The Guardian reported today on the fear that the humanities were becoming increasingly gentrified. Reports in Britain show students from lower-income backgrounds avoiding programs like history and philosophy in favour of career-oriented studies. Why?
The study shows a fascinating, and terrifying, situation. Not only are low-income students systemically barred from higher education and advanced degrees on account of their economic resources. But we are simultaneously creating a culture around the humanities where the lowest income students are unable to take same the risk as their more affluent colleagues to pursue degrees in history and other humanities disciplines.
The study upon which the article was based spoke to enrollments and class issues in the UK, but it felt familiar even to me despite having been raised and educated to MA level in Canada and then to the PhD in the United States. The article’s discussion of working-class students’ fear of studies that might not lead in any obvious direction spoke to my own educational history.
I loved the humanities, and excelled in them throughout secondary school. But what could I do with an English degree or a History degree? With that in mind I found a compromise: I would study languages (German) and business for an international management degree. This worked for a time. I enjoyed studying German, and learning to communicate in another language opened up conceptual worlds to me I hadn’t imagined. But it was a still a compromise. The enjoyment I derived from studying German balanced against the loathing I felt for most of my business courses.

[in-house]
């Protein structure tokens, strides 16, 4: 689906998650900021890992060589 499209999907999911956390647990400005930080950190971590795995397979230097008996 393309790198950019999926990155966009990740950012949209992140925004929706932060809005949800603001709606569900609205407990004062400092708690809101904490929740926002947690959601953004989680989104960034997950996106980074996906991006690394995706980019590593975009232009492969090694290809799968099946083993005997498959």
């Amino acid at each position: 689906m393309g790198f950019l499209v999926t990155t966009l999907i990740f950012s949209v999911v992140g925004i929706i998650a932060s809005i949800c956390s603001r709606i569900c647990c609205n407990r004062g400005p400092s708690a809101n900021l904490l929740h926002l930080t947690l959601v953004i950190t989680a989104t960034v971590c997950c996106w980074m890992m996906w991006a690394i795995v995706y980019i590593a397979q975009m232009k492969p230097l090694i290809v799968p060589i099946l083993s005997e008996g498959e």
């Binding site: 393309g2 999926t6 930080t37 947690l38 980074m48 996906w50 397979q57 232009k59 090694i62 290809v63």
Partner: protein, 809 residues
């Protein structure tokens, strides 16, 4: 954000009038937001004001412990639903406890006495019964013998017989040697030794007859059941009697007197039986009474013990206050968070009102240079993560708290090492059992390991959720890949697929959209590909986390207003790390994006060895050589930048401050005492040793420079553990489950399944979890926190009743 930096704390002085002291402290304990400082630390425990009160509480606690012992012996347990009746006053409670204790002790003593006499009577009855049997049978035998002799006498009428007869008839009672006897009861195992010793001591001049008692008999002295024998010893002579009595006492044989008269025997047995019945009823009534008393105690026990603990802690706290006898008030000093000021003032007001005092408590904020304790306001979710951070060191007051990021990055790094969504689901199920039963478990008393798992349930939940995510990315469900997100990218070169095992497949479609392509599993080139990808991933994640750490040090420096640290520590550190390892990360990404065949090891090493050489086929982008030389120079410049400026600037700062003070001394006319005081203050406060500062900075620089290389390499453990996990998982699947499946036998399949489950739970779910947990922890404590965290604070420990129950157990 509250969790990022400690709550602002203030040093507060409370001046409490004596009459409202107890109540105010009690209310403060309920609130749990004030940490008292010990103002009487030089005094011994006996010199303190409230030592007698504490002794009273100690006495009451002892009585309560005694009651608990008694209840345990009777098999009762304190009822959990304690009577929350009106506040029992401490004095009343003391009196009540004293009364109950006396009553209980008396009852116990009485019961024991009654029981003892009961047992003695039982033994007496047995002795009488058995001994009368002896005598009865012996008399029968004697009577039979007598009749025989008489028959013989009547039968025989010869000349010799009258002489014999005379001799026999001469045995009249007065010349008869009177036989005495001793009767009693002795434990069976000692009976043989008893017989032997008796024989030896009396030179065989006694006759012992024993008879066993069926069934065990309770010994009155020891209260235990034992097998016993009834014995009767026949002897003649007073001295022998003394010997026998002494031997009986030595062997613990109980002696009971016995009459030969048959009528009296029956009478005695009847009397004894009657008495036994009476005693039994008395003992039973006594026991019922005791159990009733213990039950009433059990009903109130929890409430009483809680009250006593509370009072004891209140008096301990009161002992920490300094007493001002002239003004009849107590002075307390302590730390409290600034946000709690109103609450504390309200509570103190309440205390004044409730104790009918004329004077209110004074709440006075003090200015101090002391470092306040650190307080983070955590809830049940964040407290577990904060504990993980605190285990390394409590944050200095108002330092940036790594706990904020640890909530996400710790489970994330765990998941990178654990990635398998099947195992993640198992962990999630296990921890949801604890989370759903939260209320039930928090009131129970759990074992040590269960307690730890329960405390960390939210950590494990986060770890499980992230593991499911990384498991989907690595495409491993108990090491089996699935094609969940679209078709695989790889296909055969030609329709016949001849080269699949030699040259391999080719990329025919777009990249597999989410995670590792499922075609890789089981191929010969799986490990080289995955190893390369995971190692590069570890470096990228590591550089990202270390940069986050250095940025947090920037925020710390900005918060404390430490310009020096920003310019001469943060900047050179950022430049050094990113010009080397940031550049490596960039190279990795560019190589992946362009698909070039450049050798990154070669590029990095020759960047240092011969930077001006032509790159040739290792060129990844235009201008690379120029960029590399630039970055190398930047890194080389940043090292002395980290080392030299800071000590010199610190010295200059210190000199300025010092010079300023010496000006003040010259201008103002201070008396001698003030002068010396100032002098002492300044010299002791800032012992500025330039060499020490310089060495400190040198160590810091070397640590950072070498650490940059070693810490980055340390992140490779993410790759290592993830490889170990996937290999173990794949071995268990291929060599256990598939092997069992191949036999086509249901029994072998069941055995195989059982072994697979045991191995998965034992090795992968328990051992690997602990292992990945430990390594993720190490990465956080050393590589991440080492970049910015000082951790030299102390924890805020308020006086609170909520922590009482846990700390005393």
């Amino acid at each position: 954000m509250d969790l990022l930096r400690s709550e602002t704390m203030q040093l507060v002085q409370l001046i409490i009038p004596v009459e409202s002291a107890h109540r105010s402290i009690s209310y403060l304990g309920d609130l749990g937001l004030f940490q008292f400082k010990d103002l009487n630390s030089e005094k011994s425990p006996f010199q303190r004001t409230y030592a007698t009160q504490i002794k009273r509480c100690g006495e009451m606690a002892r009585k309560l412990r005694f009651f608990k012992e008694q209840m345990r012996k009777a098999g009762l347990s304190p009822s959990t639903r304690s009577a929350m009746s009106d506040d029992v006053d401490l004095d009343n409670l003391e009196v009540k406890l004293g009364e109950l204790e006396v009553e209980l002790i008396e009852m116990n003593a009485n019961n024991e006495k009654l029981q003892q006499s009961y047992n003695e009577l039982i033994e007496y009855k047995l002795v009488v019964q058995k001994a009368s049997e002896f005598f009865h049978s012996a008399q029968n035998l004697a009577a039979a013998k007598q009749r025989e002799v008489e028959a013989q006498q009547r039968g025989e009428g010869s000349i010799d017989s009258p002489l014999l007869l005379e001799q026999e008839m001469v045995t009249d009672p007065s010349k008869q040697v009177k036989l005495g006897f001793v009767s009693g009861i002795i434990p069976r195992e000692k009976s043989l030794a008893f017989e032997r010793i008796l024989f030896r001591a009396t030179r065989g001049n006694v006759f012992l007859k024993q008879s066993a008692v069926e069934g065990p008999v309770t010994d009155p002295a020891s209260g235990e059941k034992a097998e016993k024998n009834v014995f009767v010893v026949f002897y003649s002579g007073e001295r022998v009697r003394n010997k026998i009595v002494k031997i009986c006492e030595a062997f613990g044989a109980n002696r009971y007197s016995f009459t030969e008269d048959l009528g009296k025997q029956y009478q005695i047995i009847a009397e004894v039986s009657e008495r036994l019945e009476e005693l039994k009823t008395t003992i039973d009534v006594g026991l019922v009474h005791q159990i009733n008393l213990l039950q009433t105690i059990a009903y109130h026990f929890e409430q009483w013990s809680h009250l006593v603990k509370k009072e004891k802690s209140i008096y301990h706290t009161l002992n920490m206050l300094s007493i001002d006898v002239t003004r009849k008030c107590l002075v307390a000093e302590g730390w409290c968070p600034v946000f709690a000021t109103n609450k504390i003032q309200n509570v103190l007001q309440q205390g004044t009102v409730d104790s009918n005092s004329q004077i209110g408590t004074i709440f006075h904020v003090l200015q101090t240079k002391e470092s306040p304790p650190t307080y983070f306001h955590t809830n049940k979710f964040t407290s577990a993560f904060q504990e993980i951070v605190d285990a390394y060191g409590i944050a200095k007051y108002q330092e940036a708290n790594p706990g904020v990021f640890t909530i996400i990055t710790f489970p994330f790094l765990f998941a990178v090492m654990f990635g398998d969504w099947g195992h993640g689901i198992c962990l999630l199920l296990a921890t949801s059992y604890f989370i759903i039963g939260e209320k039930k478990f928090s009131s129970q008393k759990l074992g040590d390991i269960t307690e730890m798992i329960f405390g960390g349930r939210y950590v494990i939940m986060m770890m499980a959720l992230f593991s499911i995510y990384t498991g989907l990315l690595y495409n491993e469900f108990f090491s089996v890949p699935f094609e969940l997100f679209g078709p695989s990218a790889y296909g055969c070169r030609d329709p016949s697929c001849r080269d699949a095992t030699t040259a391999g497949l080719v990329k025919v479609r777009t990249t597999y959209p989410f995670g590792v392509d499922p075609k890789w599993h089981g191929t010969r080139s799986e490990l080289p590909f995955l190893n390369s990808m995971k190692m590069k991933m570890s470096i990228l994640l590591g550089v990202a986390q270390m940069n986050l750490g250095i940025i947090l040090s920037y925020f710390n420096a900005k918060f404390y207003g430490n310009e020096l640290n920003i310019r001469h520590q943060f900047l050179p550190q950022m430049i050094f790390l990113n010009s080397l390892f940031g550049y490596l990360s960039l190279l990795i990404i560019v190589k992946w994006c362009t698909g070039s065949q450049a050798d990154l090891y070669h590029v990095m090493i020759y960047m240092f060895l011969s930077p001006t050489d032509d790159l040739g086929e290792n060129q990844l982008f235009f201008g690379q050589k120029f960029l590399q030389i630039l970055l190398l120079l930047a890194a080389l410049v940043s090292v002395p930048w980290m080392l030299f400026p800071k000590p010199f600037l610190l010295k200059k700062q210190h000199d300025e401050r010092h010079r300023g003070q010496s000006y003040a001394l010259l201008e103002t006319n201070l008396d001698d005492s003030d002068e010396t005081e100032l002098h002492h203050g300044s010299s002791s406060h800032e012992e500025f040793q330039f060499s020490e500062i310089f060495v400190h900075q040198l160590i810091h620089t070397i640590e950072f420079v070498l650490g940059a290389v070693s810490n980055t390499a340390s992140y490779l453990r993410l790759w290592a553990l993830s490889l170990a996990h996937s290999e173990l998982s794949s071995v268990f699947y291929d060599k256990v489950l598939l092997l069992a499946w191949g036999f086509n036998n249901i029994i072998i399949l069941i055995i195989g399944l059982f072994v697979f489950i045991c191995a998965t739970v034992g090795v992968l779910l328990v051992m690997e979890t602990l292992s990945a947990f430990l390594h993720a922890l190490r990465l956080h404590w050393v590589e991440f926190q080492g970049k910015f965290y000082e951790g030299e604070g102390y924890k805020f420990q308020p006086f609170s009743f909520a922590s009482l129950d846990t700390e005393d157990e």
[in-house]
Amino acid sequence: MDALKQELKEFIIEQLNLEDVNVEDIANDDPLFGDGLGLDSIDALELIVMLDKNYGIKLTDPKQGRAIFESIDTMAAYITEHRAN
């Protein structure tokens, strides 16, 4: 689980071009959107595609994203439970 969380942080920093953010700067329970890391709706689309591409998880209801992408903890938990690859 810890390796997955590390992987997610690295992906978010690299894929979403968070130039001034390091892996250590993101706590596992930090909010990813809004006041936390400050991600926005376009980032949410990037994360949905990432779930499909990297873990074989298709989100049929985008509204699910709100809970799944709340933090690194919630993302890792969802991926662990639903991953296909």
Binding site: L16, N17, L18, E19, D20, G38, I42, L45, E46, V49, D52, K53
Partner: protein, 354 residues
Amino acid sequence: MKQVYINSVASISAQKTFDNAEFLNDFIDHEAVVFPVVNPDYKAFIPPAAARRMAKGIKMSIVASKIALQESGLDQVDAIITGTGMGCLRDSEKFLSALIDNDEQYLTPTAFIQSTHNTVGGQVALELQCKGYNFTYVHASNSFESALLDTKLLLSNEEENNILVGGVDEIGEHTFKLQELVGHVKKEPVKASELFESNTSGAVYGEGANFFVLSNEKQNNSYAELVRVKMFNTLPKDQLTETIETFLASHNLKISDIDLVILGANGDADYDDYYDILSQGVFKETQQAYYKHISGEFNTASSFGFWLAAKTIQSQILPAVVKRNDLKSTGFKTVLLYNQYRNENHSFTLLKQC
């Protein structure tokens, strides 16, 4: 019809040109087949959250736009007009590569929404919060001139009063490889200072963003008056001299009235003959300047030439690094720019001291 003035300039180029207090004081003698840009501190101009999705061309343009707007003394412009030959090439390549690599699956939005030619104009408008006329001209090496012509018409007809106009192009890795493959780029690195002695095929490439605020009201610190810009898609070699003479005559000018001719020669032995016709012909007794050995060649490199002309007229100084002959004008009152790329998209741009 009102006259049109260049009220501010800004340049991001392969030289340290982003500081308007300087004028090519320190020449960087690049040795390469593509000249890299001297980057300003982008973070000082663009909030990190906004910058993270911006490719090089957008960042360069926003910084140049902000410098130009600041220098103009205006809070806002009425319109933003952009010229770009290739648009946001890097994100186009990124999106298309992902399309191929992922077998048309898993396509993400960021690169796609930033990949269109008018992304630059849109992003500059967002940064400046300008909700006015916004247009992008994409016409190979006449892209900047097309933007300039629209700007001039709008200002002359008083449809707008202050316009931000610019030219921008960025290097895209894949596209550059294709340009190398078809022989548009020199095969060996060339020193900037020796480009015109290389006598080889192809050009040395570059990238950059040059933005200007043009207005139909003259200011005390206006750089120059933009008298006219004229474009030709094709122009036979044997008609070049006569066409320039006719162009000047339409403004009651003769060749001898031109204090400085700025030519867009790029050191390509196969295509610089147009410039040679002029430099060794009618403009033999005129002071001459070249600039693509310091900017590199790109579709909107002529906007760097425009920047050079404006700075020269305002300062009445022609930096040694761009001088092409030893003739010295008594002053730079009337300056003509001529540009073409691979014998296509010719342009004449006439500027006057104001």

In the end I dropped out of business school to undertake studies in History. But even then, after two further years of study, I still feared I’d never find employment with the material I enjoyed, and so I left the humanities and returned to business. After many more flip flops and combined degrees I ended up completing degree requirements in all three areas: German, History, and Management. But History won as I soon went on to an MA. But some of the same concerns and struggles followed me there, as they have with other working-class colleagues who went on to graduate studies in History.
In Britain, the Guardian reports, the question of class and education is particularly significant because tuition rates are widely expected to be increased dramatically over the next few years. Increased tuition rates will, naturally, be felt strongest by those least able to pay them. And even if student funding sources are expanded, this does little to overcome what appears to be a mental obstacle preventing non-elite students from seeing the humanities as a viable option.
But what about North America where tuition rates are already on the rise? What about my former institution, the University of California, where tuition rates are growing astronomically to help offset the system-wide financial disaster? Under these kinds of circumstances, how do we maintain access for all to humanities studies?
But it’s not really about access. Grants, scholarships, and loans can be expanded for the lowest income students, after all. How do we actually convince them that the humanities are in fact a viable option, that they offer career paths, that they contribute more than ideals. And then, how do we create an academy where we can mean it, and believe it ourselves?